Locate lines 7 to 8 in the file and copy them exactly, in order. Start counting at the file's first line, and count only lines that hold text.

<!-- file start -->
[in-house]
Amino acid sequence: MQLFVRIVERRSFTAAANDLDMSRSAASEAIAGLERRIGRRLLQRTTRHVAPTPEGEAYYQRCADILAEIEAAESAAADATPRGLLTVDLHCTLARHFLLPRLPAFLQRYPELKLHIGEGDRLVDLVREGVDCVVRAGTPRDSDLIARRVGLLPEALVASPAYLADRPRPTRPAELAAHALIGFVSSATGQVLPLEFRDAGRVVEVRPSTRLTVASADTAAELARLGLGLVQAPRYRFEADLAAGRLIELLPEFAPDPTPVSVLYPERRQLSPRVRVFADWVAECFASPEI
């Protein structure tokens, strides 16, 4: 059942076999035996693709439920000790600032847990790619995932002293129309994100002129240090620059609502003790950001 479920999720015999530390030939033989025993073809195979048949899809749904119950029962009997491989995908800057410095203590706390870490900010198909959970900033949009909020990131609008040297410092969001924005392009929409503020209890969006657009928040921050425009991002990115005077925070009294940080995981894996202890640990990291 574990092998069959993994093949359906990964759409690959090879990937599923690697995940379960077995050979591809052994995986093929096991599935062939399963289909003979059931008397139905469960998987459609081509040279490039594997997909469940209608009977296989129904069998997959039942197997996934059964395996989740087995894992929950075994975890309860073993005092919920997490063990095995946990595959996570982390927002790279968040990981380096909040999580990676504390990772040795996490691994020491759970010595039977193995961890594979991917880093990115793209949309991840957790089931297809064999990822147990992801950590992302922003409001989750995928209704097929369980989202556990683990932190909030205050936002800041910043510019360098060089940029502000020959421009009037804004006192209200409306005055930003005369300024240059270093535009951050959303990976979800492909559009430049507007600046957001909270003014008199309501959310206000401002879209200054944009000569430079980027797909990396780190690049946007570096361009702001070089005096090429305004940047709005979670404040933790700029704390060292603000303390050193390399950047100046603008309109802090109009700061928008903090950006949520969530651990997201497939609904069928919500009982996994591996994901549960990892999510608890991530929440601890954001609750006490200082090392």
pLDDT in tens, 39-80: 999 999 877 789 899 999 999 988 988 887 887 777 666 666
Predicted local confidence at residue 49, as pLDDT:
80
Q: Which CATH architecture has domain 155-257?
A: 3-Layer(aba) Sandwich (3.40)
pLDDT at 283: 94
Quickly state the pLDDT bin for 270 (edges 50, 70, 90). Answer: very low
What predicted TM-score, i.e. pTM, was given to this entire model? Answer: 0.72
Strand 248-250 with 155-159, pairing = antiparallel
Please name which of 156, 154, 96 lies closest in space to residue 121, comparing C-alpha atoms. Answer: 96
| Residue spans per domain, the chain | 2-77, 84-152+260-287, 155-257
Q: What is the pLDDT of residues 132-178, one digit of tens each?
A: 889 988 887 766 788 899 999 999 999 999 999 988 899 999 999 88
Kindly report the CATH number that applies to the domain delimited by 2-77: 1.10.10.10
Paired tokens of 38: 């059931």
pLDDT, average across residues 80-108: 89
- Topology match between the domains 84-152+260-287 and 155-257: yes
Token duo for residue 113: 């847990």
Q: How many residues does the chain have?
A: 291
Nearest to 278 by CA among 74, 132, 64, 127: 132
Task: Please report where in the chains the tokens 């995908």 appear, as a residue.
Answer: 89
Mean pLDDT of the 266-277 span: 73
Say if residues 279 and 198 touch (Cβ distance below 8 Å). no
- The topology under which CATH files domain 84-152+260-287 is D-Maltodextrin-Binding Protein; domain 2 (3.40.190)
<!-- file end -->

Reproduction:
Q: Which CATH architecture has domain 155-257?
A: 3-Layer(aba) Sandwich (3.40)